The British Overseas Airways Corporation (Hardback)
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Graham Simons presents us here with a colourful, thoroughly engrossing, well-researched and highly illustrated history of The British Overseas Airways Company, from its origin in 1940 to its closure in 1974.
The scope of the book takes in the history of the Second World War, examining the ways in which this conflict shaped the development of the airline. BOAC kept wartime Britain connected with its colonies and the allied world, often under enemy fire, and initially with desperate shortages of long-range aircraft. It played an important role in the transportation of passengers during an incredibly fraught and dangerous era. Post-war, jets were brought into the mix and aircraft types such as the de Havilland Comet saw employment.
In the 1970s, an Act of Parliament saw BOAC merged with BEA, with effect from 31 March 1974, forming today's British Airways. But the era of The British Overseas Airways Company marked an important bridge between wartime services and the contemporary operations that we recognise today as being part of British Airways' day-to-day working practices.
The era 1940-1974 saw a great deal of development change the face of flight in a variety of contexts. By choosing to record the history of BOAC, Graham M. Simons is confronting an era of ongoing interest to students of aviation and historians of mid-Twentieth century history.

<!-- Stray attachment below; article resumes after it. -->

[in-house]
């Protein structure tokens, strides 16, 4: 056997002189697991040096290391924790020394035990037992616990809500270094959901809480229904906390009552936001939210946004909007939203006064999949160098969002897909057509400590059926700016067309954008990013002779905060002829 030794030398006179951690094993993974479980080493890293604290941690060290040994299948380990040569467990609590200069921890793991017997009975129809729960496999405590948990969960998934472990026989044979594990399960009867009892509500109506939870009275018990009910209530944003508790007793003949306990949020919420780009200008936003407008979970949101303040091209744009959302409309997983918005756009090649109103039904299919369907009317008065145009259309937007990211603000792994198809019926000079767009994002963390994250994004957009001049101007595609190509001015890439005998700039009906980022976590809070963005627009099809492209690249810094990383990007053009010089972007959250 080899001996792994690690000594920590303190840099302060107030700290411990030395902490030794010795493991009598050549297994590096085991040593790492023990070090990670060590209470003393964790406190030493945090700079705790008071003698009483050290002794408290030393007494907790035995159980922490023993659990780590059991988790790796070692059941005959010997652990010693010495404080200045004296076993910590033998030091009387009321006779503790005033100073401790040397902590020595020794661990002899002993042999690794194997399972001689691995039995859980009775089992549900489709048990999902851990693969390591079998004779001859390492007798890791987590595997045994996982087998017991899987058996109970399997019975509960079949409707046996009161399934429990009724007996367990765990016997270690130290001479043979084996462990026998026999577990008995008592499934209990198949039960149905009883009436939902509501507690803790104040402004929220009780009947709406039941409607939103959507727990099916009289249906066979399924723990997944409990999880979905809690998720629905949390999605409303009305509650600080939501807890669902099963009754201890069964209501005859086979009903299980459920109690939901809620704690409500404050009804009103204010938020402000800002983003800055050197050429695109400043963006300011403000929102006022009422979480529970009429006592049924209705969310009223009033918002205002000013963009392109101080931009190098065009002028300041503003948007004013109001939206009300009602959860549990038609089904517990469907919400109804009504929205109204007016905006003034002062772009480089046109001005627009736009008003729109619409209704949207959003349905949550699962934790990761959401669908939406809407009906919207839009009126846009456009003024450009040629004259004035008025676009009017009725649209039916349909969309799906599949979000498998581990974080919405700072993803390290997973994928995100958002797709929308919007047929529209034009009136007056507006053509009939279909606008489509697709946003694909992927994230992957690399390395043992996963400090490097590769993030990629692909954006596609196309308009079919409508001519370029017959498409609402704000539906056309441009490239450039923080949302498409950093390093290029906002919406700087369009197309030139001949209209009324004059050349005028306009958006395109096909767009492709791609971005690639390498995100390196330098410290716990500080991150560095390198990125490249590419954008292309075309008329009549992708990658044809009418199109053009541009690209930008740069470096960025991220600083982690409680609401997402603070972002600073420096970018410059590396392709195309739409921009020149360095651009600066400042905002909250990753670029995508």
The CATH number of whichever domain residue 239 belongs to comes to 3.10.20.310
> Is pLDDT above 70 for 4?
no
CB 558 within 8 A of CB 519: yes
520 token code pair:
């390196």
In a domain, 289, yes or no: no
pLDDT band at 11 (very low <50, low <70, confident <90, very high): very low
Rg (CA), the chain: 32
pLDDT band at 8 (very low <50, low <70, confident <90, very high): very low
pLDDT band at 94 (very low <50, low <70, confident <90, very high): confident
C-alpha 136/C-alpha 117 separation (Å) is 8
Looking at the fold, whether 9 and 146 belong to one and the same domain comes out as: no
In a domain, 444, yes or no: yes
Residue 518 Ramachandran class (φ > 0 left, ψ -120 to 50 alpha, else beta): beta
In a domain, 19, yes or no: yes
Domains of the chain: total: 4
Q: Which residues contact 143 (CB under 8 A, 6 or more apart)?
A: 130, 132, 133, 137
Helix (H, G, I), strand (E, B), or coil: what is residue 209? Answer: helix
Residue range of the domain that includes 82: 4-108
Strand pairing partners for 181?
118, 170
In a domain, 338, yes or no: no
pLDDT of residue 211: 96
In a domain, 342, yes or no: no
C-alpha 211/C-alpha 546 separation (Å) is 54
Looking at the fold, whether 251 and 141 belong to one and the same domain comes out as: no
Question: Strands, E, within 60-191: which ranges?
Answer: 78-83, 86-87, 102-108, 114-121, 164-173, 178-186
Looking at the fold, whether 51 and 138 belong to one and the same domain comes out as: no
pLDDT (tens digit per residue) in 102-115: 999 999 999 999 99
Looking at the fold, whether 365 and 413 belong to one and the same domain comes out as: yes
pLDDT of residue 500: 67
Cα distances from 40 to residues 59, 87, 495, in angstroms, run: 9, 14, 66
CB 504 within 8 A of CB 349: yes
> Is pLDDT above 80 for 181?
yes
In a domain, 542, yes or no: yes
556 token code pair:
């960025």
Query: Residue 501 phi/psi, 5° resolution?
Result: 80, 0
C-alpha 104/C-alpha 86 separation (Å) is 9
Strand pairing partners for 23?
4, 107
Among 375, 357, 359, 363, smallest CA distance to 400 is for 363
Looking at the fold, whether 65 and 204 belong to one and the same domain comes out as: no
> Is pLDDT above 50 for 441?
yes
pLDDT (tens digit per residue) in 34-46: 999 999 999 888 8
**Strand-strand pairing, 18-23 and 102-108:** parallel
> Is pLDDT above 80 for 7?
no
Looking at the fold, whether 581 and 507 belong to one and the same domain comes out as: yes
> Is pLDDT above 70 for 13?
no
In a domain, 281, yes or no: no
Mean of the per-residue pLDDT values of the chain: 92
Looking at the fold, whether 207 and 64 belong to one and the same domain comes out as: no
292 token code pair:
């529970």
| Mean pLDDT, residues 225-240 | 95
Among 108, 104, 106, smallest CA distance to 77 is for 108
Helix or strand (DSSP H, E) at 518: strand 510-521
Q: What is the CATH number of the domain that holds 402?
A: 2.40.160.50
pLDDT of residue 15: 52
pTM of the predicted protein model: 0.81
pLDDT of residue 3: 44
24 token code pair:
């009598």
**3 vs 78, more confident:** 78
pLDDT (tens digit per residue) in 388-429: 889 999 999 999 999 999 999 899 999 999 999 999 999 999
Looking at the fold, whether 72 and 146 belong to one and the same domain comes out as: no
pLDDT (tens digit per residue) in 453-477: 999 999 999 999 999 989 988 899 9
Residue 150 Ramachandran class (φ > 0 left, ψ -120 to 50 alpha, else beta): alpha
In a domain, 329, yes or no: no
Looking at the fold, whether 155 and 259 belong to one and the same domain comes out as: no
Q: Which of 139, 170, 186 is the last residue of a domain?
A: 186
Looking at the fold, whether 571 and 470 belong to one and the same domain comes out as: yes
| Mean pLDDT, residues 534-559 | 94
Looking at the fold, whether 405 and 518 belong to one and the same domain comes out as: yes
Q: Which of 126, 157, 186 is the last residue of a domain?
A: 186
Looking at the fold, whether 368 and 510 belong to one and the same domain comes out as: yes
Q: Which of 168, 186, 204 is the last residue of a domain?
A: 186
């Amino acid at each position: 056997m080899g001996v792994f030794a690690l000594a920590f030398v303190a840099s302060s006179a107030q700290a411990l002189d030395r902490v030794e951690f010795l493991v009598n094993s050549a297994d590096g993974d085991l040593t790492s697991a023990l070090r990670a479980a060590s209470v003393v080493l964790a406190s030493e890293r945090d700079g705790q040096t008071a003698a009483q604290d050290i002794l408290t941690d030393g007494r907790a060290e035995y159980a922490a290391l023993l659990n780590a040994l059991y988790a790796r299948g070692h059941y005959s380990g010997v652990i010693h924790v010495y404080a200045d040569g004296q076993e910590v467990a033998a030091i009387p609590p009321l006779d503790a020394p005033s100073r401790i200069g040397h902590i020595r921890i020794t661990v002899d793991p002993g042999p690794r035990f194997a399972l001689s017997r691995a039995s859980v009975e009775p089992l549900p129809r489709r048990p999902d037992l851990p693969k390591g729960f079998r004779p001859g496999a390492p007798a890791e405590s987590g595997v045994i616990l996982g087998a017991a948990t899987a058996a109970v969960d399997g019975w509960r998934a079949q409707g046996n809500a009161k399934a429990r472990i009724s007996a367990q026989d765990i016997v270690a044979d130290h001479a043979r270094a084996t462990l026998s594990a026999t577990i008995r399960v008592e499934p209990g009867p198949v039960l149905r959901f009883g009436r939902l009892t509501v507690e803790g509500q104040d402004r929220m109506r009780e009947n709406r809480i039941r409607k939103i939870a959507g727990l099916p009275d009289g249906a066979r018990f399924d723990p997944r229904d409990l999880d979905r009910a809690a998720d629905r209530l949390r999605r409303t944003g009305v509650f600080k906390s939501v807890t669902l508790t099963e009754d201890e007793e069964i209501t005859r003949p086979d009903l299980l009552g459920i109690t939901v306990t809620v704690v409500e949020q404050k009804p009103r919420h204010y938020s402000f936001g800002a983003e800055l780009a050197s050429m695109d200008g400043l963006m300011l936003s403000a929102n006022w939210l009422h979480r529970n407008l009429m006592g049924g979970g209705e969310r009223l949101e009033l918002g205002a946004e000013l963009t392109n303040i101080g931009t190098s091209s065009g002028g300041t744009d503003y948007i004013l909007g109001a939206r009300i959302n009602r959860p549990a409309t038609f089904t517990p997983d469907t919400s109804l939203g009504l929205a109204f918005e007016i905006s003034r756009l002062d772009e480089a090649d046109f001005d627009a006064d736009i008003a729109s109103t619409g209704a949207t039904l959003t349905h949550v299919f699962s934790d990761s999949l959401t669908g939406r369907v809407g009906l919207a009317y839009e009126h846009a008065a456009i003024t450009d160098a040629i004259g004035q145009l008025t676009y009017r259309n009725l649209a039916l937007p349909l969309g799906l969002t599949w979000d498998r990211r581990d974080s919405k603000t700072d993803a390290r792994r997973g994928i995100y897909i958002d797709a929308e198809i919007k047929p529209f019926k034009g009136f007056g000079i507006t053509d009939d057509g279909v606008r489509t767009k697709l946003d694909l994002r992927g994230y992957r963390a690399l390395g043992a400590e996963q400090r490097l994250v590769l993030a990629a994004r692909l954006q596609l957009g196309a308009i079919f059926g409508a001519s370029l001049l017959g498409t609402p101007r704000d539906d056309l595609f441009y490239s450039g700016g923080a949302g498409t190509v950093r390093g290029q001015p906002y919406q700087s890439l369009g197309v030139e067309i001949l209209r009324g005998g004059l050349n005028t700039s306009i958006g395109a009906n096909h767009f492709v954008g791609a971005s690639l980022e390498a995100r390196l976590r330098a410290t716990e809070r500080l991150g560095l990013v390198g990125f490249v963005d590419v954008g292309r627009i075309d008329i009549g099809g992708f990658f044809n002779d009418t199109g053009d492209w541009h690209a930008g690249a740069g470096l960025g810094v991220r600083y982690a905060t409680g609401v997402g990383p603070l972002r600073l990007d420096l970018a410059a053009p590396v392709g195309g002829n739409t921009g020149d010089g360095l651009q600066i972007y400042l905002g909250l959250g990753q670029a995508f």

This book is packed full of archive images for important events, aircraft and the airline’s operations. It includes images of promotional material and incredibly well-researched detail in an easy-to-read style.Airport Spotting
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The author has provided a colourful, entertaining, absorbing and well-researched history of BAOC thatFiretrench
is highly illustrated with a fascinating selection of images , many of which are rare and will be seen for the first time in a modern review of a national flag carrier.
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This volume is well-researched and written and as such is likely to have wide appeal to aviation enthusiasts of all persuasions, especially those with an interest in the airline itself. Aviation historians, together with military and social historians with an interest in such matters may also find it worthy of their attention, while former BOAC staff may find it interesting (and perhaps amusing) as an aide memoir when recalling ‘the things that happened’ while in the airline’s employ.Keith Rimmer, NZ Crown Mines